"We just have to get them growing their own food" : The cultural politics of community gardens : a thesis presented in partial fulfilment of the requirements for the degree of Doctor of Philosophy in Anthropology at Massey University, Manawatu, New Zealand

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Massey University
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Community gardens remain a popular and persistent response to a range of social ills from food security to social isolation. Scholars often frame gardens as political movements, sites of radical opposition to a globalised, homogenised and hegemonic food system. From this perspective, gardeners are actively cultivating a more environmentally sustainable and socially just way of producing and distributing food and seeking alternative ways of feeding communities. There is no consensus on this perspective, however, and the literature offers a lively debate on the extent to which gardens reinforce or subvert socio-economic structures and inequalities. My research adds to this debate by providing an analysis that shows how community gardens work as sites of identity construction where dominant cultural values are transmitted to select gardeners by those with a sense of governmental belonging. My research is an ethnographic and auto-ethnographic examination of what garden organisers or instigators think they are doing when they do community gardens. I find that garden organisers are trying to shore up a national identity that they perceive as being at risk of being lost. This identity reflects the values of self-reliance, thriftiness, and good neighbourliness that organisers consider themselves to embody and that they believe others lack. It is possible to interpret these values as being symptomatic of processes of neoliberalisation, and the gardens as evidence of the successful depoliticisation of issues of food security and hunger. However, I find that they also reflect deep concern about, and resistance to, these processes. Garden organisers draw on nostalgia for a positively evaluated past world in response to a deficient present world. By invoking the past, gardeners mobilise to overcome what they consider to be the contemporary experience of loss of identity, and absence of community. I joined three community gardens as a volunteer in Palmerston North, Aotearoa New Zealand, to explore the motivations of garden organisers. In each site, I found complex and transversal processes of governance and resistance. I have interpreted these using a theoretical framework assembled from the work of Ghassan Hage on governmental belonging and the politics of hope; Michel Foucault’s work on governmentality and resistance; and Gilles Clément’s work on the agency of plants. I spent intensive time in the gardens, growing garden produce and taking it home to eat. The materiality of the gardens and produce revealed a set of assumptions about the availability of domestic labour and enabled me to build up a detailed picture of the limitations and potential community gardens as sites of alternate ways of doing food and community.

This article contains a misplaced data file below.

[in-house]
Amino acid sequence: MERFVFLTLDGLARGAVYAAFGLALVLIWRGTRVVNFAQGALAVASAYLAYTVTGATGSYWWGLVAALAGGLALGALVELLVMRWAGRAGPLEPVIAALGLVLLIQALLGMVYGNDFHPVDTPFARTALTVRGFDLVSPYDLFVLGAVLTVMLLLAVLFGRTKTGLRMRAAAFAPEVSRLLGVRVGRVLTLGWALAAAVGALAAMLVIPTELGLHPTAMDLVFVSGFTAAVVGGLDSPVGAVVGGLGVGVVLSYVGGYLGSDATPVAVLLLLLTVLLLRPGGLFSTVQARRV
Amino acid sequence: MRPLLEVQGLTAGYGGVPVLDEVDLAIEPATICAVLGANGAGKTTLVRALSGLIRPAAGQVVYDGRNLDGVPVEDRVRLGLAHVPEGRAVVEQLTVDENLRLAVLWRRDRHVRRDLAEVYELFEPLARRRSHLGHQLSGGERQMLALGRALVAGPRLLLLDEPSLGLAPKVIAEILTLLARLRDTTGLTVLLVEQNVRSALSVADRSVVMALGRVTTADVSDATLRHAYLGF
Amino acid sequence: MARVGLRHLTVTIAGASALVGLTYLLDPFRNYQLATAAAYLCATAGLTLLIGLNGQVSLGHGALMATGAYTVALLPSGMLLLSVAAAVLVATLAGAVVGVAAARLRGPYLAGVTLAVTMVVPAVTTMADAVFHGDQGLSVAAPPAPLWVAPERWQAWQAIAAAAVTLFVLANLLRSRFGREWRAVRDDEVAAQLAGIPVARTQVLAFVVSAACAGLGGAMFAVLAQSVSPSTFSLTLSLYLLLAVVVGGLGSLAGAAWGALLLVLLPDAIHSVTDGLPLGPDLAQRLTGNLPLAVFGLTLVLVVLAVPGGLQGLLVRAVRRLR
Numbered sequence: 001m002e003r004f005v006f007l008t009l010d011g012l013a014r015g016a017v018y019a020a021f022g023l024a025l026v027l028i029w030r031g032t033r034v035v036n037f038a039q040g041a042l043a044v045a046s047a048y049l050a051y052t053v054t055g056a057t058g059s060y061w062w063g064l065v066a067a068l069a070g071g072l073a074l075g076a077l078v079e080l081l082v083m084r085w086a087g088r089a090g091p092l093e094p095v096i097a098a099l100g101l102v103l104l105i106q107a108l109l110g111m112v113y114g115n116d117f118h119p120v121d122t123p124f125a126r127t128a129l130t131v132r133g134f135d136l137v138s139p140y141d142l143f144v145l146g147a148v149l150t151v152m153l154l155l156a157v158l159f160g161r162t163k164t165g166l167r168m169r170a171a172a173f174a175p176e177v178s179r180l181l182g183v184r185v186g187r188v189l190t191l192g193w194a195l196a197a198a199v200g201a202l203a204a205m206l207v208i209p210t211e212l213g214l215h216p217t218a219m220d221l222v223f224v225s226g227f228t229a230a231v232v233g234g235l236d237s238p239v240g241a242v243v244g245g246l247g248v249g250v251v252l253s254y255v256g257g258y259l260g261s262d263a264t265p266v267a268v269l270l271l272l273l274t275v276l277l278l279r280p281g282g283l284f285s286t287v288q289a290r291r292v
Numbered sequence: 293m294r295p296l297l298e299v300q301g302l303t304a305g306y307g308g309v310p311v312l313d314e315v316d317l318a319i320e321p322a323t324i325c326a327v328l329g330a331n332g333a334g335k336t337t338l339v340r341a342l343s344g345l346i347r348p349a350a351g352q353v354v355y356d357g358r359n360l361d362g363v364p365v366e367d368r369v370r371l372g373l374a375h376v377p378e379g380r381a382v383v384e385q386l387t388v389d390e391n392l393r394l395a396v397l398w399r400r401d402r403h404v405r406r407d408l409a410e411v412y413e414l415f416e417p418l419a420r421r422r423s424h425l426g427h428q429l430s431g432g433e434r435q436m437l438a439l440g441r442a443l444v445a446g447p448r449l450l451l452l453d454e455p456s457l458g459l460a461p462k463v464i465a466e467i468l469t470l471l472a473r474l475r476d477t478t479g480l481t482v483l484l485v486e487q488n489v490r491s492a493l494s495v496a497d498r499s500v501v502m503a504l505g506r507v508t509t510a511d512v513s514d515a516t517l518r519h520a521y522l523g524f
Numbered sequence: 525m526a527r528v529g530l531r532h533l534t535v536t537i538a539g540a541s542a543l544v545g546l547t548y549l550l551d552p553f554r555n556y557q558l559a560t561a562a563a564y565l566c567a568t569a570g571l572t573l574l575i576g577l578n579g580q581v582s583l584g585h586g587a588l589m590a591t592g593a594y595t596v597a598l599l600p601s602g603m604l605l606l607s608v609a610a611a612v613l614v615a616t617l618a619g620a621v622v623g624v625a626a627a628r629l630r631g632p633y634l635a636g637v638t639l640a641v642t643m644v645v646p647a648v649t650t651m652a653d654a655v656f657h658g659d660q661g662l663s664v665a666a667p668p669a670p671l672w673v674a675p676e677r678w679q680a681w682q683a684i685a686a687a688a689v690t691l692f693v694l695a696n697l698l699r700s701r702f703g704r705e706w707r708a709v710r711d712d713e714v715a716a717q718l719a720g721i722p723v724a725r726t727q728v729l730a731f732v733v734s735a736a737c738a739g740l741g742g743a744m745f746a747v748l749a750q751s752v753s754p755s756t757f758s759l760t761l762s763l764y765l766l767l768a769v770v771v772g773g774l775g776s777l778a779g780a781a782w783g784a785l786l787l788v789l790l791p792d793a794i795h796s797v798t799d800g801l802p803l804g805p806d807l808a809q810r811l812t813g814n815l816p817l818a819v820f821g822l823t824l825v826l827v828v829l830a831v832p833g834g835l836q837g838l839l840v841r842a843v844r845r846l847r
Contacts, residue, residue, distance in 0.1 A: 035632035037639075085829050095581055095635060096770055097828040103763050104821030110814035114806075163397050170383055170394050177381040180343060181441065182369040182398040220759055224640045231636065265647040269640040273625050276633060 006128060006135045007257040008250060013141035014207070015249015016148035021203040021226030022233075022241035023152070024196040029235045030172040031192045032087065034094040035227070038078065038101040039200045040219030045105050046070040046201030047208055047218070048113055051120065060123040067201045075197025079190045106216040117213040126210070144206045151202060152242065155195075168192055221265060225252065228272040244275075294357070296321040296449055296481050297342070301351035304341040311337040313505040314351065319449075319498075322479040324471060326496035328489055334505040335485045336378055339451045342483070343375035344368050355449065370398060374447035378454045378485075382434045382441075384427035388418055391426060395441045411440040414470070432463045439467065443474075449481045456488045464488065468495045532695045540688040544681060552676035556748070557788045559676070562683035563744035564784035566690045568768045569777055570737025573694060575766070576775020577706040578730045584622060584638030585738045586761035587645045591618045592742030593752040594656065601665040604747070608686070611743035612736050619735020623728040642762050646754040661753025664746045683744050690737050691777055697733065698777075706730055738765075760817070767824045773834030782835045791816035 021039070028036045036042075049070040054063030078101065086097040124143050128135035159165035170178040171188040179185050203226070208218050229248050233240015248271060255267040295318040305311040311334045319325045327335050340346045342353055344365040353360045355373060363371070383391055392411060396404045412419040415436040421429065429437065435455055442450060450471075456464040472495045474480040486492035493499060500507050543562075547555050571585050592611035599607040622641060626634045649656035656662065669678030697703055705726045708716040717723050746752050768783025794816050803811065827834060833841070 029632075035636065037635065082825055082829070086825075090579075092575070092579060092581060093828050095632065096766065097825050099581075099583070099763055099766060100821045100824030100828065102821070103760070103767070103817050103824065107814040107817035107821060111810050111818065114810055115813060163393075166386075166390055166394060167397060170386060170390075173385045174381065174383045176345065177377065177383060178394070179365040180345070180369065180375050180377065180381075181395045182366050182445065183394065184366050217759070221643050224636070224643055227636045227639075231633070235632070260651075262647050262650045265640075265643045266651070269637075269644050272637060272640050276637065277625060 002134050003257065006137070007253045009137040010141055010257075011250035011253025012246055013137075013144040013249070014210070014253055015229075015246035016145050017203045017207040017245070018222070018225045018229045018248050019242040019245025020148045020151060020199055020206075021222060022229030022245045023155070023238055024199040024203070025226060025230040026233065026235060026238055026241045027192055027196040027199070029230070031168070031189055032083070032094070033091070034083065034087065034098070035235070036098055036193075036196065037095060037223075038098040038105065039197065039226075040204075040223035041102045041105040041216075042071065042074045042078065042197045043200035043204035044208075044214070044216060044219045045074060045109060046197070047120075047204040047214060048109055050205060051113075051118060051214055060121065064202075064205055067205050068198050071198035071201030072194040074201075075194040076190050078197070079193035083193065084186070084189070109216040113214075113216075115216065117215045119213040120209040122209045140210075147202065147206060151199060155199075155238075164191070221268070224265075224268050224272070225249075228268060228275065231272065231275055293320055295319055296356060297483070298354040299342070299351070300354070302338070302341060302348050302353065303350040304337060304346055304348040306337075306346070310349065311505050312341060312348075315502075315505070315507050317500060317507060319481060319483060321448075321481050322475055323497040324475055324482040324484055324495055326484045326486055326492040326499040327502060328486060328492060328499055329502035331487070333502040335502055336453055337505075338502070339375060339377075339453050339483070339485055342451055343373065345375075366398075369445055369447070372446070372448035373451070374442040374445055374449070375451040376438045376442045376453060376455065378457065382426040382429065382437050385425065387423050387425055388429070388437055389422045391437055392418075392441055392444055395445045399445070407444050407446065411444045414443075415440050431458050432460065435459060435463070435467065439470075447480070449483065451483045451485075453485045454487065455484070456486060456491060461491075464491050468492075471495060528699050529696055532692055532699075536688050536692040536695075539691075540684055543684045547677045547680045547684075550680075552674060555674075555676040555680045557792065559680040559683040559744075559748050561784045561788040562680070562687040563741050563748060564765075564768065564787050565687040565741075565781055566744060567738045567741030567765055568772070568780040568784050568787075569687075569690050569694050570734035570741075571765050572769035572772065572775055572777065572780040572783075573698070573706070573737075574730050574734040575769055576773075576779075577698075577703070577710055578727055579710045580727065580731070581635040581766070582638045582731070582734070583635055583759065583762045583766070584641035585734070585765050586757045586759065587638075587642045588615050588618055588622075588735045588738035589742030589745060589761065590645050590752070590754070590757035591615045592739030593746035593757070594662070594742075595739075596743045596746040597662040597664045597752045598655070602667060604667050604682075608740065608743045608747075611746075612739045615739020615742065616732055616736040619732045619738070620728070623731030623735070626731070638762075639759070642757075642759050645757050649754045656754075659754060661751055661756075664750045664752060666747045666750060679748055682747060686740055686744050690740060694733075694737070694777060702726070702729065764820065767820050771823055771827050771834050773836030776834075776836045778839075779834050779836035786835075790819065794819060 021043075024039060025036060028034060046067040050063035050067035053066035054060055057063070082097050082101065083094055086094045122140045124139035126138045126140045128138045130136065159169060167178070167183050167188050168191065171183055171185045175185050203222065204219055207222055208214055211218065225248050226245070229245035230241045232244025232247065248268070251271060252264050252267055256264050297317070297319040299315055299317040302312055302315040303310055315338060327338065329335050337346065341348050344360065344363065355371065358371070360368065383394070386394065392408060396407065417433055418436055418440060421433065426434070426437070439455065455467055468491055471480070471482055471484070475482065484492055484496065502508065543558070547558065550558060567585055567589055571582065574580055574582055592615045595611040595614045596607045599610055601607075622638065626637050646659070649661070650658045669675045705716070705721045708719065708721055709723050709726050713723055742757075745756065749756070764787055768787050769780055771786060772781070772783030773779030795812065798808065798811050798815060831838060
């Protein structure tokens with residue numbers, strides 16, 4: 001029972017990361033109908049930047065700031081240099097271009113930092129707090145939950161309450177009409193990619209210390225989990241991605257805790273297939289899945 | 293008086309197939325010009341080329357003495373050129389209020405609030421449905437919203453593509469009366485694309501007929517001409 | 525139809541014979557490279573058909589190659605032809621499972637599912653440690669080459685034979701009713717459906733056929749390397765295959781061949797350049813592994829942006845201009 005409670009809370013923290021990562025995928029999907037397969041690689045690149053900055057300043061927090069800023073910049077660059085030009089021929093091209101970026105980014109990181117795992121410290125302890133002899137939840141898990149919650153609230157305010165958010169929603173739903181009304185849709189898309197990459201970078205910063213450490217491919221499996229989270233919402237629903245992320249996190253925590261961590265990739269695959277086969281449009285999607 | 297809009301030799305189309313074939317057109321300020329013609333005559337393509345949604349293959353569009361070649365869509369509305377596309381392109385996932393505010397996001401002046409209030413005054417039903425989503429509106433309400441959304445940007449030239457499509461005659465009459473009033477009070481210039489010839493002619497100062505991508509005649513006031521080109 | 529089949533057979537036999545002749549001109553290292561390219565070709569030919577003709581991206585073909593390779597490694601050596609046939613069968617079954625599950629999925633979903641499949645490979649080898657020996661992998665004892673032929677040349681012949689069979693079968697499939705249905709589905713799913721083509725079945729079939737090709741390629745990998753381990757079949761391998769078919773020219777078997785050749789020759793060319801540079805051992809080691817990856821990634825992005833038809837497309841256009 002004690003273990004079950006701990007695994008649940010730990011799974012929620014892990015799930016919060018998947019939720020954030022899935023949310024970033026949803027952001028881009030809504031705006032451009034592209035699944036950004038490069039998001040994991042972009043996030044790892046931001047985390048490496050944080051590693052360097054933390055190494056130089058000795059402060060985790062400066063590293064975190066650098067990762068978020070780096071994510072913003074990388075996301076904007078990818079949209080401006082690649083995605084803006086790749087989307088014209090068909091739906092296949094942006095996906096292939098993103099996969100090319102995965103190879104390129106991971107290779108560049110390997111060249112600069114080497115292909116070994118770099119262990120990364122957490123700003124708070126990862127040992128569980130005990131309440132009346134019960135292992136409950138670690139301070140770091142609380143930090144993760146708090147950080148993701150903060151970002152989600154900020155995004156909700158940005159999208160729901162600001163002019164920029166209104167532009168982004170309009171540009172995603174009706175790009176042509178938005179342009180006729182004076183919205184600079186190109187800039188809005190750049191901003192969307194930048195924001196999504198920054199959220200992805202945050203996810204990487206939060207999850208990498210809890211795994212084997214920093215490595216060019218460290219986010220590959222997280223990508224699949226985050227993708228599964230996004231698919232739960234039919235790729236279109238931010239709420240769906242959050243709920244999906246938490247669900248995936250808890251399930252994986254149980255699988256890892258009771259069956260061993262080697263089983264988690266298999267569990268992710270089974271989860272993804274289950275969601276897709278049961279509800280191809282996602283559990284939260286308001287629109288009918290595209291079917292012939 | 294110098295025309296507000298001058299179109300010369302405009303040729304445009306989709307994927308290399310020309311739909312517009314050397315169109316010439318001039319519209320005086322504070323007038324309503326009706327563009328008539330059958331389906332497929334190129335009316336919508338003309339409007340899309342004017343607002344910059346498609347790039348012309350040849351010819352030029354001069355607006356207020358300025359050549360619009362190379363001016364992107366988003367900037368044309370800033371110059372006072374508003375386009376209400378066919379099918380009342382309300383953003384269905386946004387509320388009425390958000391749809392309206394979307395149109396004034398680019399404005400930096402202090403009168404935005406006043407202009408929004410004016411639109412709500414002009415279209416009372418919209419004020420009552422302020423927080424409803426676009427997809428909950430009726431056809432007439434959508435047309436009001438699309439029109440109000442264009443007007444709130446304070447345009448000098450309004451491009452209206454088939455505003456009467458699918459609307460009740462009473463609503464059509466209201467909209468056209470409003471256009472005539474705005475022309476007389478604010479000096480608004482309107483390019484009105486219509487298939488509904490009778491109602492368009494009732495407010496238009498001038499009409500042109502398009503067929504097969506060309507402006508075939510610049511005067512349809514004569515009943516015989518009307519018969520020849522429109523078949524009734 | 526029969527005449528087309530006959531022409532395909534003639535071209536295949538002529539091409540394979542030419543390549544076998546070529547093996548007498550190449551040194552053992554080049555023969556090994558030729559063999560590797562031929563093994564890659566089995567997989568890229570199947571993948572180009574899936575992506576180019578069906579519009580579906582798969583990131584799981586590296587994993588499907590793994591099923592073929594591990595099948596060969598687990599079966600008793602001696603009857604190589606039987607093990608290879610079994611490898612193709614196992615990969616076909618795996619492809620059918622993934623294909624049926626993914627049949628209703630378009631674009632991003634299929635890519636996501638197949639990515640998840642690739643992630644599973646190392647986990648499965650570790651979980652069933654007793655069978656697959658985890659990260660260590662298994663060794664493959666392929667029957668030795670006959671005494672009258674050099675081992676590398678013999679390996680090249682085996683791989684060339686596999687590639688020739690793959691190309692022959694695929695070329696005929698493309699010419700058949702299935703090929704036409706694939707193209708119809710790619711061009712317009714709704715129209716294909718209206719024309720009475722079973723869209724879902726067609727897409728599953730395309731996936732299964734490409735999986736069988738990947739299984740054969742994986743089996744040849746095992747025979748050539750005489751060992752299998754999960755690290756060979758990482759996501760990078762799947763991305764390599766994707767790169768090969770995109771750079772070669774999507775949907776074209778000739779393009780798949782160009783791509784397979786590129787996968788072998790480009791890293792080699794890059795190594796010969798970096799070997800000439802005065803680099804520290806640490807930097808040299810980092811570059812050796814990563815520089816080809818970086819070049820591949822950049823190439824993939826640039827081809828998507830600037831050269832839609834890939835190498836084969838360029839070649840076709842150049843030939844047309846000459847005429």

Community gardens, Social aspects, Social action, Gardeners, Attitudes, New Zealand, Palmerston North